In 1993 Frank Fitzgerald, aged 38, while driving to Boston from Conn. suddenly smelled something wafting through the open window of his Ford station wagon. “It smelled like mince pie!” This “mince pie” opened up the windows of his mind, and memories flooded in—terrible memories of being raped by the parish priest on the floor of the rectory.
For most of his life since childhood, Frank had spent a large part of his day with depression. Depression so debilitating that he was beginning to plan his departure from his wife and two children; perhaps a new job would make this better and then he remembered—30 years after the sexual assault by Father Porter. But perhaps this was just another case of false memory; a memory manufactured from his hippocampus somewhere. Maybe he was just making this up; so he decided to see if anyone else remembered Father Porter. So he took out an ad in the local newspaper
“Does anyone remember Father Porter?” Call 1 800 – ….: Expecting little—he waited…soon he had over 30 replies and he found space in his local high school and gathered those who remembered together to share their memories. “I remember Father Porter raping you on the floor of the rectory —I was there and heard your screams.” Made that memory all the more real for Frank! Similar memories were replayed by all of his classmates. But when Father Porter was finally brought to trial he confessed to abusing over 100 children. Children who at his sentencing took the stand to remember how “We were buddies, you and me, you made me promise never to tell—but you made my life a living hell since then with broken relationships; lost jobs, inability to complete my education and a overwhelming sense of dis-ease and failure.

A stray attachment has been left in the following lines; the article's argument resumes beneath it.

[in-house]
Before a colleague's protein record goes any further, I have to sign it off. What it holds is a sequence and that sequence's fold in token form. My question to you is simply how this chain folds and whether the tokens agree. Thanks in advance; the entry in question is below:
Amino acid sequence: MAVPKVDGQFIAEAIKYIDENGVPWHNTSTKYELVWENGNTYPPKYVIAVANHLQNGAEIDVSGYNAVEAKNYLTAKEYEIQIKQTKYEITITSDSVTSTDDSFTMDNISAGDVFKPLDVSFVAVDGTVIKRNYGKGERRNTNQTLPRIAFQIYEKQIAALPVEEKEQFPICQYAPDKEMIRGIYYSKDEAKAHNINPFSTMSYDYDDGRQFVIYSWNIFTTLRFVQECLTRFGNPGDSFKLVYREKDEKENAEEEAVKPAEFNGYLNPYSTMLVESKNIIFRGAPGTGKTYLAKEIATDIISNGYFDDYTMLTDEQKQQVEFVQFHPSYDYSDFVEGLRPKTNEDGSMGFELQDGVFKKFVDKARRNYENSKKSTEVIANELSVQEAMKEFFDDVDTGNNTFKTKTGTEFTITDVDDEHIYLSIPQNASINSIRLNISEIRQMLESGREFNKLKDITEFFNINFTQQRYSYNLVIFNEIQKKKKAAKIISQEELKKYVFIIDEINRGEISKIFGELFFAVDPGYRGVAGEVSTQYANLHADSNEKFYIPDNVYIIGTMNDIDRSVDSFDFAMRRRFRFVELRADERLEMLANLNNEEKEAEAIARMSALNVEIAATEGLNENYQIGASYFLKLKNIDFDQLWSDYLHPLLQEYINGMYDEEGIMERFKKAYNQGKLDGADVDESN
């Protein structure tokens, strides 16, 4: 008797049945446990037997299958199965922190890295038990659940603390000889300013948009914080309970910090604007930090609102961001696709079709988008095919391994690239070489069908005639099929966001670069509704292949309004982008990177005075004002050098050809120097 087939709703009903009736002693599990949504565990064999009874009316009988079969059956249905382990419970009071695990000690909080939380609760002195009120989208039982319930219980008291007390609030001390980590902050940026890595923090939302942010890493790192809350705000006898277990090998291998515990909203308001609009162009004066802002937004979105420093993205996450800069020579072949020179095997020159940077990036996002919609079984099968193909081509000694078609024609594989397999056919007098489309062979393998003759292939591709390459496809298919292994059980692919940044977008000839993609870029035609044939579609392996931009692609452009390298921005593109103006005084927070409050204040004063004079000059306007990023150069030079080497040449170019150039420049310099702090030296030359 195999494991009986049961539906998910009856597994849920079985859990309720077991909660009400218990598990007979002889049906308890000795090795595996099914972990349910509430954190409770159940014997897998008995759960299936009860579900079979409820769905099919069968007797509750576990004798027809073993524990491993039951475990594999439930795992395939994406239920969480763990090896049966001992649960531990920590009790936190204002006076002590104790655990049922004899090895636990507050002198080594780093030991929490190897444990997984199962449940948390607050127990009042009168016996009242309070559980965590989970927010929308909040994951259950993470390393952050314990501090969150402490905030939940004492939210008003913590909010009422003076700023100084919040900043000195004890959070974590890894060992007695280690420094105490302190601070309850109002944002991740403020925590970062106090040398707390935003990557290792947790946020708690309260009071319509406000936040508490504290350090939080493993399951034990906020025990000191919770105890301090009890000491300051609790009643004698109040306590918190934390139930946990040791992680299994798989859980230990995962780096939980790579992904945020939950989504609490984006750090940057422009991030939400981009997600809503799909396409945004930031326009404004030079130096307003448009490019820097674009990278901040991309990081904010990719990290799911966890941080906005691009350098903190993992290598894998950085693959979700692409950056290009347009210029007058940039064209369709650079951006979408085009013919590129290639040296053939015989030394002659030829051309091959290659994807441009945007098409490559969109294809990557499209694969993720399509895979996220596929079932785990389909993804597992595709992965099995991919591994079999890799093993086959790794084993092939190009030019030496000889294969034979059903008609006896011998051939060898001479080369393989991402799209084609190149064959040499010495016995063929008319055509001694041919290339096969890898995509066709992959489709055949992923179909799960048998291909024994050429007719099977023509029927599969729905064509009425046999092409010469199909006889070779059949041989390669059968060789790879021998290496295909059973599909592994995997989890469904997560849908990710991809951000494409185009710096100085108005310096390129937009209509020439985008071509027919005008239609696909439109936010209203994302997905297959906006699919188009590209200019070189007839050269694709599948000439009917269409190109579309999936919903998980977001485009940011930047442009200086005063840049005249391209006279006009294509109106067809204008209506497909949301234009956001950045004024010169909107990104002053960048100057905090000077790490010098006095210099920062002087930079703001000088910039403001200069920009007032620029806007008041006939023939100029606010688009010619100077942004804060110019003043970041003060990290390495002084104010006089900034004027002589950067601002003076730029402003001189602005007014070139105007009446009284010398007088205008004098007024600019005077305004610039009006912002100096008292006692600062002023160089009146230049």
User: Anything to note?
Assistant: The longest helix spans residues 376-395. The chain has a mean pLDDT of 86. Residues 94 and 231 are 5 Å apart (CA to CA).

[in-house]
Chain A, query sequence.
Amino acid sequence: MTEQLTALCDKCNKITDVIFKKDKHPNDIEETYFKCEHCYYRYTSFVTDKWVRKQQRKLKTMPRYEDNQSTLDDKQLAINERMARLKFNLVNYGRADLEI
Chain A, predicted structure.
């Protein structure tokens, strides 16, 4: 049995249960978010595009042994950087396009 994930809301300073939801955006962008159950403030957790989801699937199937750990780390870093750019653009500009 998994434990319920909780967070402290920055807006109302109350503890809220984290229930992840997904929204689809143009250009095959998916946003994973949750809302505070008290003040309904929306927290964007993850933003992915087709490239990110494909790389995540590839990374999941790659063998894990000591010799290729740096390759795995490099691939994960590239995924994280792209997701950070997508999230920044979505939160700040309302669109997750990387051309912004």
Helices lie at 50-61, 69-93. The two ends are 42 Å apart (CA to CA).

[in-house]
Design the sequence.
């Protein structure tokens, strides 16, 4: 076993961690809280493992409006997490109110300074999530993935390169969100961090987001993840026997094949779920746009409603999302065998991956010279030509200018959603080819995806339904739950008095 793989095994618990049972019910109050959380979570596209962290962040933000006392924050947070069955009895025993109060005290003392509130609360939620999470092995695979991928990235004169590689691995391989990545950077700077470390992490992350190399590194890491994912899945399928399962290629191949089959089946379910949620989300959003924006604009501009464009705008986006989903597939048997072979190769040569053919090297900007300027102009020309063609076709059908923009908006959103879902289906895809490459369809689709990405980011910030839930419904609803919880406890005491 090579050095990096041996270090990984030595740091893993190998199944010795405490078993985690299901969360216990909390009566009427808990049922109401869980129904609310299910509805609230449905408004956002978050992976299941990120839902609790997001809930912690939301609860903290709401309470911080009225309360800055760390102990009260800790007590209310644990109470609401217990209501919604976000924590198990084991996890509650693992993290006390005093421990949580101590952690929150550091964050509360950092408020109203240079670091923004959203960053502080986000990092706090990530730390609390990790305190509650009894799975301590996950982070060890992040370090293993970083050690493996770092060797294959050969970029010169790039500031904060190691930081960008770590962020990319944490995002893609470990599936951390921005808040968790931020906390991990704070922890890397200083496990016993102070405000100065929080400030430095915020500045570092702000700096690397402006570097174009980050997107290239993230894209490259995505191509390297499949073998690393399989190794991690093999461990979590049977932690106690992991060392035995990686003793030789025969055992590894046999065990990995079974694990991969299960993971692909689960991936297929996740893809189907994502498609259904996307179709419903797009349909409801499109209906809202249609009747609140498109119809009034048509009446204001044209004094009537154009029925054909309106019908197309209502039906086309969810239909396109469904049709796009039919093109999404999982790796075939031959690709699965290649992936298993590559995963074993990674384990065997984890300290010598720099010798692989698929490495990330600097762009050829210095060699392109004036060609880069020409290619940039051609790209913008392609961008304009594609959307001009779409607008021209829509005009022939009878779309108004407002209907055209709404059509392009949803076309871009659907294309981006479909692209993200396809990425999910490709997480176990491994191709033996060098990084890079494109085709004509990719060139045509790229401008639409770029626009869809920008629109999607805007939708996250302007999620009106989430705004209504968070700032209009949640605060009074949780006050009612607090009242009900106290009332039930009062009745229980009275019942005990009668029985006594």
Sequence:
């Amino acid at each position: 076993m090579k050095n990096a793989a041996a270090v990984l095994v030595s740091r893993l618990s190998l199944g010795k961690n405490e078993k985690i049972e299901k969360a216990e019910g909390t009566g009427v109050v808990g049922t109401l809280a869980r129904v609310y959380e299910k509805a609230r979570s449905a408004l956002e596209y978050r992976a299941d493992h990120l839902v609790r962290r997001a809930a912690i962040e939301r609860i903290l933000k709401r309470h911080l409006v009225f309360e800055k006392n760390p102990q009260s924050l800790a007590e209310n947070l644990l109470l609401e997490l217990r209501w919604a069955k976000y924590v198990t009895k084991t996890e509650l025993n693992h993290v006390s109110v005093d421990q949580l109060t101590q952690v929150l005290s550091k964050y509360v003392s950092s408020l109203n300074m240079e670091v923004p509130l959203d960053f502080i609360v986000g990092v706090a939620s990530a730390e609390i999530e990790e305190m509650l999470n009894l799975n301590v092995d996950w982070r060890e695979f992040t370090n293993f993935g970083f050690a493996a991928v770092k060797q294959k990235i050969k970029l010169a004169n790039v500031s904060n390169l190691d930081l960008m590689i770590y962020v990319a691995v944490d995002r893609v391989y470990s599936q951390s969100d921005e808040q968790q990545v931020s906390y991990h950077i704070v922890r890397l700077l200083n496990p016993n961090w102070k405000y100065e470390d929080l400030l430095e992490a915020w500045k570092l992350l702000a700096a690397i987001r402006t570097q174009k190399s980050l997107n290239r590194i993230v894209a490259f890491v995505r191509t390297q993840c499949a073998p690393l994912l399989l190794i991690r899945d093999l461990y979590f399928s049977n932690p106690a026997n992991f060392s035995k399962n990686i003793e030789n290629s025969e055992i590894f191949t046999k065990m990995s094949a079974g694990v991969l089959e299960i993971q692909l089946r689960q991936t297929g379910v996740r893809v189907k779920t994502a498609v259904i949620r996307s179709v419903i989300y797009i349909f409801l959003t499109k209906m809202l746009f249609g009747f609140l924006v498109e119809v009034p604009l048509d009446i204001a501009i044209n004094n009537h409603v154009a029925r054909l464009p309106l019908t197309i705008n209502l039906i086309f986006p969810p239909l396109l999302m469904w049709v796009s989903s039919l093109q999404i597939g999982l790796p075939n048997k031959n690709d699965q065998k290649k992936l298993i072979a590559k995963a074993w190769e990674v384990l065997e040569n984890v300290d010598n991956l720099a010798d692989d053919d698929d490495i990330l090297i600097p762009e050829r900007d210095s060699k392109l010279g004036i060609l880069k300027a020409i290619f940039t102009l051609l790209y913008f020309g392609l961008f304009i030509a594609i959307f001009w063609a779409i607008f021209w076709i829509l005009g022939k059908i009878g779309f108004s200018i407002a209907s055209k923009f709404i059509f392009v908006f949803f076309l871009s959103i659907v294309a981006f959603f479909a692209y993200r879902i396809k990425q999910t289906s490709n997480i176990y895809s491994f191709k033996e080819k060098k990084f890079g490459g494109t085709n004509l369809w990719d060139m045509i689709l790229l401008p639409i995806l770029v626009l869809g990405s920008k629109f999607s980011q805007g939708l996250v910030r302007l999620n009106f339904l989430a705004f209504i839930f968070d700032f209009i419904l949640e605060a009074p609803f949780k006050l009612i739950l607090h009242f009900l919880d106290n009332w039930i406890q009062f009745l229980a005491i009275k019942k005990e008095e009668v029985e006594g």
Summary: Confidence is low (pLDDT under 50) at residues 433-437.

There will never be enough apologies; never enough legal consequences to restore Frank’s world to normal. There is only his life-long fear of trusting others; of a sense of loss and of unhappiness. There have been so many times in my career when I have been challenged about memories; memories so dark that it is required by many to look the other way. They would prefer to look away and not be required to do anything—So once presented with this challenge it is clear that we are looking for those who can come and take part in our campaign to make it easy or perhaps easier to disclose assault and abuse without the fear of being crushed under the weight of victim blame and the laughter of those asking the questions or for that matter those who sitting in the Court Room chose to laugh when they raped her.
These memories are real; they are easy to validate if one asks the right questions and then listens to the complete answer. I am hoping that we have the courage to ask, listen and then provide the support needed for the small child, the teenager or the adult to find healing and a sense of safety. Listen carefully, you can hear the confidence returning to their voices; a strength in their stride and a light in their eyes.